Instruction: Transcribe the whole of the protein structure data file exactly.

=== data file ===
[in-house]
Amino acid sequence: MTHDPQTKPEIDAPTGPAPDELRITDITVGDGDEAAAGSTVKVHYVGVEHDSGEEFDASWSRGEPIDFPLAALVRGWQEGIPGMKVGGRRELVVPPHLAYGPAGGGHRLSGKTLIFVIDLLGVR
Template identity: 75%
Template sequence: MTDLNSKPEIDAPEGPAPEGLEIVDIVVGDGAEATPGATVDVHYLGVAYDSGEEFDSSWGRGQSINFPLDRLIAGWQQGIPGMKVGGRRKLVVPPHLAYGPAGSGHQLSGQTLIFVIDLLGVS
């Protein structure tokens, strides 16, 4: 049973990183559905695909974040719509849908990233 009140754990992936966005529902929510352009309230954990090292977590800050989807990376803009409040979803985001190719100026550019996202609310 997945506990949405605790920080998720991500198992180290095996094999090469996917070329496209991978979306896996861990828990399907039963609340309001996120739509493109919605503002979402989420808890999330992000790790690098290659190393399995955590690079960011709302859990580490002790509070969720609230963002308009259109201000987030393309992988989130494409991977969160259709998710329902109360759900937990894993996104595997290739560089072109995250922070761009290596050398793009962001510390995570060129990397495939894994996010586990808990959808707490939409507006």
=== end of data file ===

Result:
[in-house]
Amino acid sequence: MTHDPQTKPEIDAPTGPAPDELRITDITVGDGDEAAAGSTVKVHYVGVEHDSGEEFDASWSRGEPIDFPLAALVRGWQEGIPGMKVGGRRELVVPPHLAYGPAGGGHRLSGKTLIFVIDLLGVR
Template identity: 75%
Template sequence: MTDLNSKPEIDAPEGPAPEGLEIVDIVVGDGAEATPGATVDVHYLGVAYDSGEEFDSSWGRGQSINFPLDRLIAGWQQGIPGMKVGGRRKLVVPPHLAYGPAGSGHQLSGQTLIFVIDLLGVS
């Protein structure tokens, strides 16, 4: 049973990183559905695909974040719509849908990233 009140754990992936966005529902929510352009309230954990090292977590800050989807990376803009409040979803985001190719100026550019996202609310 997945506990949405605790920080998720991500198992180290095996094999090469996917070329496209991978979306896996861990828990399907039963609340309001996120739509493109919605503002979402989420808890999330992000790790690098290659190393399995955590690079960011709302859990580490002790509070969720609230963002308009259109201000987030393309992988989130494409991977969160259709998710329902109360759900937990894993996104595997290739560089072109995250922070761009290596050398793009962001510390995570060129990397495939894994996010586990808990959808707490939409507006």